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Into the Wild (Englisch) Audio-CD – Audiobook, Ungekürzte Ausgabe

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Produktbeschreibungen

Amazon.de

"God, he was a smart kid..." So why did Christopher McCandless trade a bright future--a college education, material comfort, uncommon ability and charm--for death by starvation in an abandoned bus in the woods of Alaska? This is the question that Jon Krakauer's book tries to answer. While it doesn't—cannot—answer the question with certainty, Into the Wild does shed considerable light along the way. Not only about McCandless's "Alaskan odyssey," but also the forces that drive people to drop out of society and test themselves in other ways. Krakauer quotes Wallace Stegner's writing on a young man who similarly disappeared in the Utah desert in the 1930s: "At 18, in a dream, he saw himself ... wandering through the romantic waste places of the world. No man with any of the juices of boyhood in him has forgotten those dreams." Into the Wild shows that McCandless, while extreme, was hardly unique; the author makes the hermit into one of us, something McCandless himself could never pull off. By book's end, McCandless isn't merely a newspaper clipping, but a sympathetic, oddly magnetic personality. Whether he was "a courageous idealist, or a reckless idiot," you won't soon forget Christopher McCandless. -- Dieser Text bezieht sich auf eine andere Ausgabe: Taschenbuch.

Pressestimmen

"Terrifying...Eloquent...A heart-rending drama of human yearning."
--New York Times

"A narrative of arresting force.  Anyone who ever fancied wandering off to face nature on its own harsh terms should give a look.  It's gripping stuff."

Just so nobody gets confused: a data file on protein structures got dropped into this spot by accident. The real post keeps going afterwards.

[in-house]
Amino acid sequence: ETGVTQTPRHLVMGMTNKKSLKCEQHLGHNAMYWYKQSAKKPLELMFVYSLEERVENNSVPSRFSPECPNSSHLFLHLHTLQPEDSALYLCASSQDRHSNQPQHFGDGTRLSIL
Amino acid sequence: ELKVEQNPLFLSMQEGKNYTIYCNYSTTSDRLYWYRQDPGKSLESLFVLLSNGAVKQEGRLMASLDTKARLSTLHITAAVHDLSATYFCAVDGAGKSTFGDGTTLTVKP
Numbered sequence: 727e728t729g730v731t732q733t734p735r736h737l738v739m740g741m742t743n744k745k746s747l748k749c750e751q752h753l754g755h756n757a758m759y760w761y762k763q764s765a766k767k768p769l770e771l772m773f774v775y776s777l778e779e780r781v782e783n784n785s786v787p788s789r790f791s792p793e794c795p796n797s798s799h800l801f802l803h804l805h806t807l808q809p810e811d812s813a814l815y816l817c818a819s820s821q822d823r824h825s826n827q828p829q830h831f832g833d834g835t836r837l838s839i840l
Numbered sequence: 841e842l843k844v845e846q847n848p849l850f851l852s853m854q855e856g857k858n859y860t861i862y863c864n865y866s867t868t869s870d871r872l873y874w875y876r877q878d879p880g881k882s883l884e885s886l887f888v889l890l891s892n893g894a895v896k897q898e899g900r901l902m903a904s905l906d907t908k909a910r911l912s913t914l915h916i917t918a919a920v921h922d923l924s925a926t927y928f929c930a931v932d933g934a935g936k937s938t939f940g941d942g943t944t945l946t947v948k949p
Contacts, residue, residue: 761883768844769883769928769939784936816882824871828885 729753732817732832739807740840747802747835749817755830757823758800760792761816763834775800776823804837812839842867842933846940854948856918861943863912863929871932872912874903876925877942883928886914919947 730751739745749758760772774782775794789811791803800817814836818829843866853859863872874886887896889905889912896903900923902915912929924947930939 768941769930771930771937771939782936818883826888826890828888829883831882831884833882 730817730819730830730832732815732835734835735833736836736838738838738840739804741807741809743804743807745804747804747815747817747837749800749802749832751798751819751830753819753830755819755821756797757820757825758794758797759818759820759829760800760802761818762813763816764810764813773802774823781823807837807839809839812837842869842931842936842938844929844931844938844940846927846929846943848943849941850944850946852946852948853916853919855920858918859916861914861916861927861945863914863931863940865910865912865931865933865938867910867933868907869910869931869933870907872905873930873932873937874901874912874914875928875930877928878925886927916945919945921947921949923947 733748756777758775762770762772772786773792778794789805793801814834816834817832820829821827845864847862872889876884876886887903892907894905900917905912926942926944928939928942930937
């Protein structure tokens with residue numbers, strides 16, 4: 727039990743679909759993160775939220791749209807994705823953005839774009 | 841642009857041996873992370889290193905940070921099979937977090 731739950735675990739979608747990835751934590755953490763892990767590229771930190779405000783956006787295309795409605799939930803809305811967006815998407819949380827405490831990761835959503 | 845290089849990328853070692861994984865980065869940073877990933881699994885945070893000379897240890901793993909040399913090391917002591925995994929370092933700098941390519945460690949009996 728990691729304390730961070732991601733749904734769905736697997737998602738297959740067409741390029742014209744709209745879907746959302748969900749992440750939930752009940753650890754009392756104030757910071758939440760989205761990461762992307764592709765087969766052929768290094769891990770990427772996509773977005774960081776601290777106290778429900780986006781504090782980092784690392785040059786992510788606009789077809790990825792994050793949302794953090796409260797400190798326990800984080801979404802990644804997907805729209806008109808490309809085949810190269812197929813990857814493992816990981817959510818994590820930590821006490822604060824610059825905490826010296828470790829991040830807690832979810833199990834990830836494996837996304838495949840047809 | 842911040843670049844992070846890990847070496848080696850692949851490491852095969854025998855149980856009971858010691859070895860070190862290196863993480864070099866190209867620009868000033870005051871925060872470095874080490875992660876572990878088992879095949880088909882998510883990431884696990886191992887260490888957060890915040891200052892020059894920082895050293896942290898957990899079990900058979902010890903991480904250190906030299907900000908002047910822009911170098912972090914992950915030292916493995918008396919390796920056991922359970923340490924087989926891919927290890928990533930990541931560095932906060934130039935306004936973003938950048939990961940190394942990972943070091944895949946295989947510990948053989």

--Washington Post

"Compelling and tragic...Hard to put down."  
--San Francisco Chronicle

"Engrossing...with a telling eye for detail, Krakauer has captured the sad saga of a stubborn, idealistic young man."
--Los Angeles Times Book Review

"It may be nonfiction, but Into the Wild is a mystery of the highest order."
--Entertainment Weekly


From the Trade Paperback edition.

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Von Peter Berlin VINE-PRODUKTTESTER am 7. November 2004
Format: Taschenbuch
This is Krakauer's account and report on a young man - it is a true story - who left his family after graduating with honors, burning his money, cutting off all his ties to his background and venturing out on his own, travelling thoughout the United States. His ultimate adventure was to survive in the wilderness of Alaska. This, however, led to his premature death. Krakauer follows the young man's trail and tries to give us his understanding of what made this man tick to do what he did. He succeeds quite admirably. The book is well written and in the end you get an understanding of Christopher Candless. The author can see quite a bit of himself in him which leads to his sympathetic protrayal, something not shared by everybody. Many felt he was just stupid and arrogant and tried to survive in the wilderness without adequate preparation. Krakauer makes the point that this was not so, that just a couple of things did not turn the way they could have. In the wilderness there are no second chances and what was just a little mistake led to the young man's death. Growing up in our modern societies we sometimes forget how perilous people used to live when they depended completely on nature. Krakauer makes us think about many of these aspects and in general about our relationship to nature. All in all, this is a very recommendable book and though it may sound a bit gloomy, it actually isn't. Very good indeed.
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Format: Taschenbuch
There is little suspense (in the traditional sense of the word) in Krakauer's Into the Wild, as anyone who reads the synopsis or picks up the book instantly learns that it is the story of a young man, Chris McCandless, who ventures into the Alaskan Wilderness and who never gets out. Chris' body is found in an abandoned bus used by moose hunters as a makeshift lodge, and Krakauer skillfully attempts to retrace his steps in an effort both to understand what went wrong, and to figure out what made McCandless give away his money, his car, and head off into Denali National Forest in the first place.